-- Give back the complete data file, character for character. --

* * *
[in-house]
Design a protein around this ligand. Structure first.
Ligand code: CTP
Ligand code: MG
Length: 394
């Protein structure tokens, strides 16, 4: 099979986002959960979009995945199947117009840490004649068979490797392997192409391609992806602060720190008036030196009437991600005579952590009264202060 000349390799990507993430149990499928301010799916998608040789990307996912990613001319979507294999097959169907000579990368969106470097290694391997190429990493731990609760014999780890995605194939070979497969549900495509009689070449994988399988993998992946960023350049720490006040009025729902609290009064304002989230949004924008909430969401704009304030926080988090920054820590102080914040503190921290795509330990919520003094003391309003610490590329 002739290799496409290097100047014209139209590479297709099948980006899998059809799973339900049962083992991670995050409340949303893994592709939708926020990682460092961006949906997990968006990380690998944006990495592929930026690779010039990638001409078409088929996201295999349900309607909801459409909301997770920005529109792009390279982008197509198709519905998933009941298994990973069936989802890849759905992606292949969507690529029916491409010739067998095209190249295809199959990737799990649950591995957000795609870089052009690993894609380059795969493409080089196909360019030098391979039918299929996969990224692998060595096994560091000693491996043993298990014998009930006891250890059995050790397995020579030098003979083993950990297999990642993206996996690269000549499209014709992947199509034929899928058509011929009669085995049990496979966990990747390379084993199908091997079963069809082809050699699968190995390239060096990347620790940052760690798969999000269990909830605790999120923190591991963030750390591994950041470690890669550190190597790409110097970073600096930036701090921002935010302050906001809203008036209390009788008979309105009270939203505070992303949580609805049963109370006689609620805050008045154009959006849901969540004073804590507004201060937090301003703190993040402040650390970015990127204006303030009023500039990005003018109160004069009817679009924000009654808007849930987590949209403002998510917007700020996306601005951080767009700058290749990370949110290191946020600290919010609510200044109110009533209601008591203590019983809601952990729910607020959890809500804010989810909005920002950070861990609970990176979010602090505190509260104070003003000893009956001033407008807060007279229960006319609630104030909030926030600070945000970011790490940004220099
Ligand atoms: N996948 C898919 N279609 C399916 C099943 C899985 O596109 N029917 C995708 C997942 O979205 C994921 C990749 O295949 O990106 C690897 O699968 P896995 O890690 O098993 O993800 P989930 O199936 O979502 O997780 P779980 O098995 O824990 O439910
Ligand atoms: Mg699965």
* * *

[in-house]
Design a protein around this ligand. Structure first.
Ligand code: CTP
Ligand code: MG
Length: 394
């Protein structure tokens, strides 16, 4: 099979986002959960979009995945199947117009840490004649068979490797392997192409391609992806602060720190008036030196009437991600005579952590009264202060 000349390799990507993430149990499928301010799916998608040789990307996912990613001319979507294999097959169907000579990368969106470097290694391997190429990493731990609760014999780890995605194939070979497969549900495509009689070449994988399988993998992946960023350049720490006040009025729902609290009064304002989230949004924008909430969401704009304030926080988090920054820590102080914040503190921290795509330990919520003094003391309003610490590329 002739290799496409290097100047014209139209590479297709099948980006899998059809799973339900049962083992991670995050409340949303893994592709939708926020990682460092961006949906997990968006990380690998944006990495592929930026690779010039990638001409078409088929996201295999349900309607909801459409909301997770920005529109792009390279982008197509198709519905998933009941298994990973069936989802890849759905992606292949969507690529029916491409010739067998095209190249295809199959990737799990649950591995957000795609870089052009690993894609380059795969493409080089196909360019030098391979039918299929996969990224692998060595096994560091000693491996043993298990014998009930006891250890059995050790397995020579030098003979083993950990297999990642993206996996690269000549499209014709992947199509034929899928058509011929009669085995049990496979966990990747390379084993199908091997079963069809082809050699699968190995390239060096990347620790940052760690798969999000269990909830605790999120923190591991963030750390591994950041470690890669550190190597790409110097970073600096930036701090921002935010302050906001809203008036209390009788008979309105009270939203505070992303949580609805049963109370006689609620805050008045154009959006849901969540004073804590507004201060937090301003703190993040402040650390970015990127204006303030009023500039990005003018109160004069009817679009924000009654808007849930987590949209403002998510917007700020996306601005951080767009700058290749990370949110290191946020600290919010609510200044109110009533209601008591203590019983809601952990729910607020959890809500804010989810909005920002950070861990609970990176979010602090505190509260104070003003000893009956001033407008807060007279229960006319609630104030909030926030600070945000970011790490940004220099
Ligand atoms: N996948 C898919 N279609 C399916 C099943 C899985 O596109 N029917 C995708 C997942 O979205 C994921 C990749 O295949 O990106 C690897 O699968 P896995 O890690 O098993 O993800 P989930 O199936 O979502 O997780 P779980 O098995 O824990 O439910
Ligand atoms: Mg699965």